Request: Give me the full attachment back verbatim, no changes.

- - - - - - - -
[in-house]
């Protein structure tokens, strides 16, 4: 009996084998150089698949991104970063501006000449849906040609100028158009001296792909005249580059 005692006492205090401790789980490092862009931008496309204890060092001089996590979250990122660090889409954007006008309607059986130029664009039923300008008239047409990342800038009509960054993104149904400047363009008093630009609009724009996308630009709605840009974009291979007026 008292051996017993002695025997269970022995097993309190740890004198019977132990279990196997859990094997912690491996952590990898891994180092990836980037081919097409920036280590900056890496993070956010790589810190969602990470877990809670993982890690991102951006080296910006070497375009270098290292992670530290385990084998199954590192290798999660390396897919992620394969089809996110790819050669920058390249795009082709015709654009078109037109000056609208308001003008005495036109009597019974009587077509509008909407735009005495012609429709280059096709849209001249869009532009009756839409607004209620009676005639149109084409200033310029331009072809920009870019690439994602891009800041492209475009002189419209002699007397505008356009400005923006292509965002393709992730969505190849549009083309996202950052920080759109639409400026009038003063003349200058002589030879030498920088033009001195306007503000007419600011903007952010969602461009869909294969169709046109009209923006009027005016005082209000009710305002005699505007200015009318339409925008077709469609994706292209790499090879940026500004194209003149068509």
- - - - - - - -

[in-house]
């Protein structure tokens, strides 16, 4: 009996084998150089698949991104970063501006000449849906040609100028158009001296792909005249580059 005692006492205090401790789980490092862009931008496309204890060092001089996590979250990122660090889409954007006008309607059986130029664009039923300008008239047409990342800038009509960054993104149904400047363009008093630009609009724009996308630009709605840009974009291979007026 008292051996017993002695025997269970022995097993309190740890004198019977132990279990196997859990094997912690491996952590990898891994180092990836980037081919097409920036280590900056890496993070956010790589810190969602990470877990809670993982890690991102951006080296910006070497375009270098290292992670530290385990084998199954590192290798999660390396897919992620394969089809996110790819050669920058390249795009082709015709654009078109037109000056609208308001003008005495036109009597019974009587077509509008909407735009005495012609429709280059096709849209001249869009532009009756839409607004209620009676005639149109084409200033310029331009072809920009870019690439994602891009800041492209475009002189419209002699007397505008356009400005923006292509965002393709992730969505190849549009083309996202950052920080759109639409400026009038003063003349200058002589030879030498920088033009001195306007503000007419600011903007952010969602461009869909294969169709046109009209923006009027005016005082209000009710305002005699505007200015009318339409925008077709469609994706292209790499090879940026500004194209003149068509």